Muhammad Ali was a man made of love, kindness and faith. In a 1974 interview with journalist David Frost, Ali said these were three of several qualities that he hoped people would always remember about him, long after the day he died. [HuffPo]

PEE ALERT! Thomas McAdam, notorious for saying some of the most heinous, racist shit you can imagine, is dropping a racist as a client? Please. [WAVE3]

This should make the Beshear Family happy. New payday loan sharking rules won’t stop predatory lenders. [The Intercept]

Maybe it was the way his life transected areas that define America – race and religion; war and sports – or perhaps it was his own love for words. Whatever the reason, Muhammad Ali’s life and career inspired writing that was nearly as captivating as the man himself. [WFPL]

Muhammad Ali crafted the plan for his final tribute years ago, long before he died. On Friday, his family will honor him just like he planned, with a global celebration in his hometown. [Richmond Register]

Louisville vegans, rejoice: The partners behind NOLAfare are opening their first restaurant. [Business First]

Individual health insurance costs are expected to climb across Indiana in 2017 as insurers continue to grapple with rising health care expenses and a market that was only recently overhauled by the federal Affordable Care Act. [News & Tribune]

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Hot Brown Spring Rolls? Someone Should Be Punished Quickly And Harshly

Another day, another fun double shooting in Compassionate City! And just before Derby, no less. [WDRB]

With litigation pending, a potential buyer of the Galt House and possibly other large real estate holdings owned by the Al J. Schneider Co. is finding it difficult to secure title insurance needed to finance the purchase of the property. [C-J/AKN]

WARNING! RIDICULOUS AUTOPLAY VIDEO! Claudia Catfish is back on the teevee again and this time she’s got a story about JCPS. Here’s hoping she’s got her ducks in a row this time. [WHAS11]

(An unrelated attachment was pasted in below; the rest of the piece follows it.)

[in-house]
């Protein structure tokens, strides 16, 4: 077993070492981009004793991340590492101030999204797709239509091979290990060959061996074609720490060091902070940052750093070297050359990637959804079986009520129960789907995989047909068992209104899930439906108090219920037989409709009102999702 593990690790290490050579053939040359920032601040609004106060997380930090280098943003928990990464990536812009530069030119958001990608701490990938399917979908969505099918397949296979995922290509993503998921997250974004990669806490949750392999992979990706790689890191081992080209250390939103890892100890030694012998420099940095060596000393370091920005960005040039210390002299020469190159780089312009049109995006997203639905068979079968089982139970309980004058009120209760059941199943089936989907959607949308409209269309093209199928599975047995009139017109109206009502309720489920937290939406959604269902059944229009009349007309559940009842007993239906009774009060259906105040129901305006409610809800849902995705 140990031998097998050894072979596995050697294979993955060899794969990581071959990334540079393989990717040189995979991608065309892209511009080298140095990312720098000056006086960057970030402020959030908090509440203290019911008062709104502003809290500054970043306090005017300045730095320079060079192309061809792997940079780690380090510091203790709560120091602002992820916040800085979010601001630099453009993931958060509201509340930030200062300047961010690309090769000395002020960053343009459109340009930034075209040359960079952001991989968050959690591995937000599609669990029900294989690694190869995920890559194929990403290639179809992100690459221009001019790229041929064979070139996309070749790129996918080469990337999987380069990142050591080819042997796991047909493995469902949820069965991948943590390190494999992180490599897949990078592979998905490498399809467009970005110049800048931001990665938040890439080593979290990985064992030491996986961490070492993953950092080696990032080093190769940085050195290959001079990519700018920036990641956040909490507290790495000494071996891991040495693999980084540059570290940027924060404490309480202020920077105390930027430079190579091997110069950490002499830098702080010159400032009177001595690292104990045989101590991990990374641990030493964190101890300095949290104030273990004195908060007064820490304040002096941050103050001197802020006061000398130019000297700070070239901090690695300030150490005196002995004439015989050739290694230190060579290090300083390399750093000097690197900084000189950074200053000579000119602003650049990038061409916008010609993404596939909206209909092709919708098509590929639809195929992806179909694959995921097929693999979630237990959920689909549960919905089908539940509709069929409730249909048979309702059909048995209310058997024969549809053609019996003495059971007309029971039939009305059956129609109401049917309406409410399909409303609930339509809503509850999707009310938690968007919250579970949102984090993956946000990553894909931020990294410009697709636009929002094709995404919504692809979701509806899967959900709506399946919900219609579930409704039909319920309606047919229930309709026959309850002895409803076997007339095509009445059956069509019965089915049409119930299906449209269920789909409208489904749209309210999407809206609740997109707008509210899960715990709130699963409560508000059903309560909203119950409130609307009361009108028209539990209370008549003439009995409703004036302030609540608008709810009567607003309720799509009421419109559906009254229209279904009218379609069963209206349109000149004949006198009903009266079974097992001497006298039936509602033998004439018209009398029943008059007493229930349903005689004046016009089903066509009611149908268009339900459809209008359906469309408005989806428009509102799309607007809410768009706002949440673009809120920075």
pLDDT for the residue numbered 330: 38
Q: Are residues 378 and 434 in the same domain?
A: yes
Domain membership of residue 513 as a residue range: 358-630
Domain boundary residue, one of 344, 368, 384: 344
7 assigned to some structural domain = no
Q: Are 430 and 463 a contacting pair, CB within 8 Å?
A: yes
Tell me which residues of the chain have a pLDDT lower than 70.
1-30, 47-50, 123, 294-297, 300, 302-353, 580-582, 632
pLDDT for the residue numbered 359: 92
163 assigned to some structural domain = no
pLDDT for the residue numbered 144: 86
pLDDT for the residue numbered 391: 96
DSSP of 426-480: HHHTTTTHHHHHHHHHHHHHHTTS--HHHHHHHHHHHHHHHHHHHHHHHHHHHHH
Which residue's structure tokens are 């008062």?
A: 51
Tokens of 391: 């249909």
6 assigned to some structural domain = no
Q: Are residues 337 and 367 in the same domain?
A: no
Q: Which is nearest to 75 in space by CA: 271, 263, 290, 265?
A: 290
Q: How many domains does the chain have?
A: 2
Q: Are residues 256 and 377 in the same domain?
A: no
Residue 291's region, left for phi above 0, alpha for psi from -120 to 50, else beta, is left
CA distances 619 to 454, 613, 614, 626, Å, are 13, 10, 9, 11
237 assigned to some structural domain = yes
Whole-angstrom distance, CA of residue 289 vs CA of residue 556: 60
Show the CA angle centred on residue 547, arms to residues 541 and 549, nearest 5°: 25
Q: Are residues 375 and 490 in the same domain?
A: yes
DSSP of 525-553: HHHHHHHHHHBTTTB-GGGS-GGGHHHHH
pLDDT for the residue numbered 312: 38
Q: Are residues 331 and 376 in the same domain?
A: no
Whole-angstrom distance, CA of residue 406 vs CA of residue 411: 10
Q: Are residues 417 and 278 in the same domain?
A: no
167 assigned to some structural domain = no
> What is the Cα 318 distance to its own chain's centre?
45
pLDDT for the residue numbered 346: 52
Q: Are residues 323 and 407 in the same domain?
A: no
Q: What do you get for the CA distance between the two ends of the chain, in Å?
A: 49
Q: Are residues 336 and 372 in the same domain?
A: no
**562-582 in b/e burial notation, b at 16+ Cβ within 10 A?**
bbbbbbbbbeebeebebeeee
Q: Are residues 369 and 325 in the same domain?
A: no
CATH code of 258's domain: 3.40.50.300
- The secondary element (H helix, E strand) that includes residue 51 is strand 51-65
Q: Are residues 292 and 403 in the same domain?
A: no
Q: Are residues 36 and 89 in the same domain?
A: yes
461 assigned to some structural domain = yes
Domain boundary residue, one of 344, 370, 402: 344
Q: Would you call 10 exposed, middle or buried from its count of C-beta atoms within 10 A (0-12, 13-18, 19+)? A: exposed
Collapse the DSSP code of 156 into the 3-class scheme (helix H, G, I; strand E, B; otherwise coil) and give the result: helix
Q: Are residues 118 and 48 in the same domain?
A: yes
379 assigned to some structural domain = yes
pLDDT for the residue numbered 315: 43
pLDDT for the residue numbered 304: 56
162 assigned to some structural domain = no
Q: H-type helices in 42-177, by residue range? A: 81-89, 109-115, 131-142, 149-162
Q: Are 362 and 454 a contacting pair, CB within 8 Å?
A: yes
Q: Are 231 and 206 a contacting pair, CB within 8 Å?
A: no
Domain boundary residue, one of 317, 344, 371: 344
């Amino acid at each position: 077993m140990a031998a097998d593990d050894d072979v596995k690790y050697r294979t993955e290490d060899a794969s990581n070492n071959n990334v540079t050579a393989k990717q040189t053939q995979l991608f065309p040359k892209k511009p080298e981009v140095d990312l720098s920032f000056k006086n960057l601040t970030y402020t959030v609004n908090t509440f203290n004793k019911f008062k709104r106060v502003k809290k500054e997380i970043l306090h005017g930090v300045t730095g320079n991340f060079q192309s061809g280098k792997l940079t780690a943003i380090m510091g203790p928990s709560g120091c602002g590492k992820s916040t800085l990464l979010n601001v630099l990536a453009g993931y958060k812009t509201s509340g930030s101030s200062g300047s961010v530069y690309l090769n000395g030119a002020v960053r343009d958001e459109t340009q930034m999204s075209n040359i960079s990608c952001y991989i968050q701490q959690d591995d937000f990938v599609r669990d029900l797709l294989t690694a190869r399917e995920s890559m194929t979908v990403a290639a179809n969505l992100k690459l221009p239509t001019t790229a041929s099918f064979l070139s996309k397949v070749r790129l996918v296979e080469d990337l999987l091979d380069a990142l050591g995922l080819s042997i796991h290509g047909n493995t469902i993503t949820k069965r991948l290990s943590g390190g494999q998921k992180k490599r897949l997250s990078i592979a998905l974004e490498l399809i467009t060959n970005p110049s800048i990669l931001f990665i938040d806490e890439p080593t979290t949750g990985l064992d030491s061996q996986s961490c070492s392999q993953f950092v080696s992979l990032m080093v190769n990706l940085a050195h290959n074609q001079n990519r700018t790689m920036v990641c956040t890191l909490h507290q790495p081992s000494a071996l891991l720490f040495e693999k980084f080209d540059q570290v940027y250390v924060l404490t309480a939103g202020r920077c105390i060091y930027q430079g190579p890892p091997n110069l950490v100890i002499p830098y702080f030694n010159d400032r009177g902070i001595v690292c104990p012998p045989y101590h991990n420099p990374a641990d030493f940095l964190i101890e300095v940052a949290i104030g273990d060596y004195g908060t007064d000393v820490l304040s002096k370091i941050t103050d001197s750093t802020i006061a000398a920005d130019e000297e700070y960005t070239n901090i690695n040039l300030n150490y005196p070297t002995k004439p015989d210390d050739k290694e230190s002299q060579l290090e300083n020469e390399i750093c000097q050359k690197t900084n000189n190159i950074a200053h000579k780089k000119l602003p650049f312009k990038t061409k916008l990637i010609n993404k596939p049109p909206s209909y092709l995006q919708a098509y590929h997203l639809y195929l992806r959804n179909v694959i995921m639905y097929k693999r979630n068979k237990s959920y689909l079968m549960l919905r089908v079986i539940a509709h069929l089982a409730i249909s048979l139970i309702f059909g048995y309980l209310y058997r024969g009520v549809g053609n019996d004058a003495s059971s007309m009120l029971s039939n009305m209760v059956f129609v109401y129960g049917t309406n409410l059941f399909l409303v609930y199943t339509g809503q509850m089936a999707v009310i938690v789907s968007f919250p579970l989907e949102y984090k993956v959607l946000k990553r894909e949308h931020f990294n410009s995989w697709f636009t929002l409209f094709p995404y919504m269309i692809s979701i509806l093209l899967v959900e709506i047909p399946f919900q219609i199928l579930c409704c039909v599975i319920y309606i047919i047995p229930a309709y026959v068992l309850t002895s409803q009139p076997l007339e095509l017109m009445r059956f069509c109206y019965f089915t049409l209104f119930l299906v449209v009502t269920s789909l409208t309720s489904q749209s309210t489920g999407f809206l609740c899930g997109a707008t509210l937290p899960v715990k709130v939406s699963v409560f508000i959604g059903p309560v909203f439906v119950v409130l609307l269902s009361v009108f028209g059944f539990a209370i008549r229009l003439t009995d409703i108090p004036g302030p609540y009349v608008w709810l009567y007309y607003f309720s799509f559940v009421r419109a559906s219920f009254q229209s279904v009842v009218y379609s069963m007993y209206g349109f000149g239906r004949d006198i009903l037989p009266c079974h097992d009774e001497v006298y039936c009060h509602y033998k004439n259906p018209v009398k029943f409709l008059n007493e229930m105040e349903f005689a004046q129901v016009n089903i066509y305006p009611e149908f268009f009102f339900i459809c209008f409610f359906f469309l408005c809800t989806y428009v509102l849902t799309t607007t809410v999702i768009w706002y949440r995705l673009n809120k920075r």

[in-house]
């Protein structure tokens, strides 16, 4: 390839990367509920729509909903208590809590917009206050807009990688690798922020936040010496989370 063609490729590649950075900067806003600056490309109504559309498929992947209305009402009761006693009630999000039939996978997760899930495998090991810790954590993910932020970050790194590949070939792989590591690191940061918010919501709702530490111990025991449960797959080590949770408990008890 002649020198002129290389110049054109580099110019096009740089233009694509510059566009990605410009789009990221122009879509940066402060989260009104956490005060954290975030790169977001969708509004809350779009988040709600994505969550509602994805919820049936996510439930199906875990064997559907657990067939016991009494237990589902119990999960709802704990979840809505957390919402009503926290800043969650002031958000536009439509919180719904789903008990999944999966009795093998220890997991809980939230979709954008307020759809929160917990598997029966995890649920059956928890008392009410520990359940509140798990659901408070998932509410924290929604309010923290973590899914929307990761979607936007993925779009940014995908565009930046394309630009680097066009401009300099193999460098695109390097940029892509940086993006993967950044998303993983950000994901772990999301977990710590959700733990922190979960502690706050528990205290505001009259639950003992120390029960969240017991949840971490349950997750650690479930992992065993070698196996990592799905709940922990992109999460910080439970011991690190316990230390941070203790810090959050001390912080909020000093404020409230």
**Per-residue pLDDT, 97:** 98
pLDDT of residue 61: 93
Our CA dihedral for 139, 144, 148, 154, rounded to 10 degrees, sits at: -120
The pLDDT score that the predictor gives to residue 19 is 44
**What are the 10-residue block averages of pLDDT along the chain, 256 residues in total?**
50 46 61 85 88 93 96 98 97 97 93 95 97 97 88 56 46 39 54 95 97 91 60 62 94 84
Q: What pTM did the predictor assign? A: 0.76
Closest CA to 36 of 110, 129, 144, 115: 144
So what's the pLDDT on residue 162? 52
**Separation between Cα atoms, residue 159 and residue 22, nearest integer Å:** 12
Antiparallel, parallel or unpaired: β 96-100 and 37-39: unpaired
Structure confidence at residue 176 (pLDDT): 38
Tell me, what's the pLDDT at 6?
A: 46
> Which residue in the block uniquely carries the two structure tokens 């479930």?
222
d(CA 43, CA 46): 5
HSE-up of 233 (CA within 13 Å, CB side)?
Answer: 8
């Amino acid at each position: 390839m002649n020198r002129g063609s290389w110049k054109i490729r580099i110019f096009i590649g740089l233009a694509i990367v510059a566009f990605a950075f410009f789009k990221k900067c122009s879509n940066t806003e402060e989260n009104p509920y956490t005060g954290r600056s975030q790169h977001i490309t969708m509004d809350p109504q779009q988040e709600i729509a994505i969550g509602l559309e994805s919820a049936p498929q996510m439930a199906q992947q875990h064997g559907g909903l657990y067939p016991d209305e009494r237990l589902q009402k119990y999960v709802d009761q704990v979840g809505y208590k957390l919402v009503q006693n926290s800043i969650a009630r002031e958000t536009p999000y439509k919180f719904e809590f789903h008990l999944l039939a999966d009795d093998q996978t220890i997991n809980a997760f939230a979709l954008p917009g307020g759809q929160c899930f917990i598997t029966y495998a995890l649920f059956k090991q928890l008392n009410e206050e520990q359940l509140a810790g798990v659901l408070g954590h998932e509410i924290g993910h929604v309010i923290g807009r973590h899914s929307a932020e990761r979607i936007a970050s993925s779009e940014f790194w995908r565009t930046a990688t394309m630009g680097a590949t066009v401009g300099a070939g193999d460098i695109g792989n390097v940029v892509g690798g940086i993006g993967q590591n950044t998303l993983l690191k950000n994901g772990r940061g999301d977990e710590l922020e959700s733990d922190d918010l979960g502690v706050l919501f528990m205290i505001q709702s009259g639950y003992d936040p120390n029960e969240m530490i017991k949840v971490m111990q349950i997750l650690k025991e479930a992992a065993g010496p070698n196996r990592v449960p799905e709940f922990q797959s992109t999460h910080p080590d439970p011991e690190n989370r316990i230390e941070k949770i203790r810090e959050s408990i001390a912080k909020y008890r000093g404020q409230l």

House Speaker Greg Stumbo raised concerns Thursday about how Gov. Matt Bevin handled vetoes of several bills approved by the state legislature and indicated he may ask a court to determine if the governor acted properly. [H-L]

WARNING! RIDICULOUS AUTOPLAY VIDEO! Teachers across Jefferson County protested a potential wage freeze at several JCPS schools.[WLKY]

Sen. Bernie Sanders (I-Vt.) vowed to take his fight for the Democratic presidential nomination all the way to the party’s convention in July, promising not to give up even if he continues to trail Hillary Clinton in pledged delegates. [HuffPo]

Okay. Enough is enough. Hot Brown SPRING ROLLS? Jesus H, what is this world coming to?! [WAVE3]

House Republicans threw a temper tantrum over a rule that bans financial advisers from scamming retirees. [ThinkProgress]

The seven Democratic candidates vying for the District 8 seat on Louisville’s Metro Council don’t disagree on much. [WFPL]

ProPublica is launching a new interactive database that will help you keep track of the officials who represent you in Congress. [ProPublica]

A national retailer is set to open its first store in Louisville at Shelbyville Road Plaza. [Business First]

No plans for Pleasant Ridge Subdivision redevelopment or revitalization are on the books yet, though city officials likely will present their version soon. [News & Tribune]

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Attacks On Ricky Jones Are Just Dumb

Sitting near the corner of Bardstown Road and Grinstead Drive, a new business is getting ready to open in the Highlands. But the new development is also sparking concern among some neighbors. [WDRB]

Watching people pile on to attack Ricky Jones is bizarre. All he did was speak up with a bit of common sense and people lost their minds. [C-J/AKN]

WARNING! RIDICULOUS AUTOPLAY VIDEO! A member of an advisory committee that is reviewing the allegations of strippers and escorts for the University of Louisville men’s basketball program says he is surprised by the school’s decision to self-impose a ban on postseason play. [WHAS11]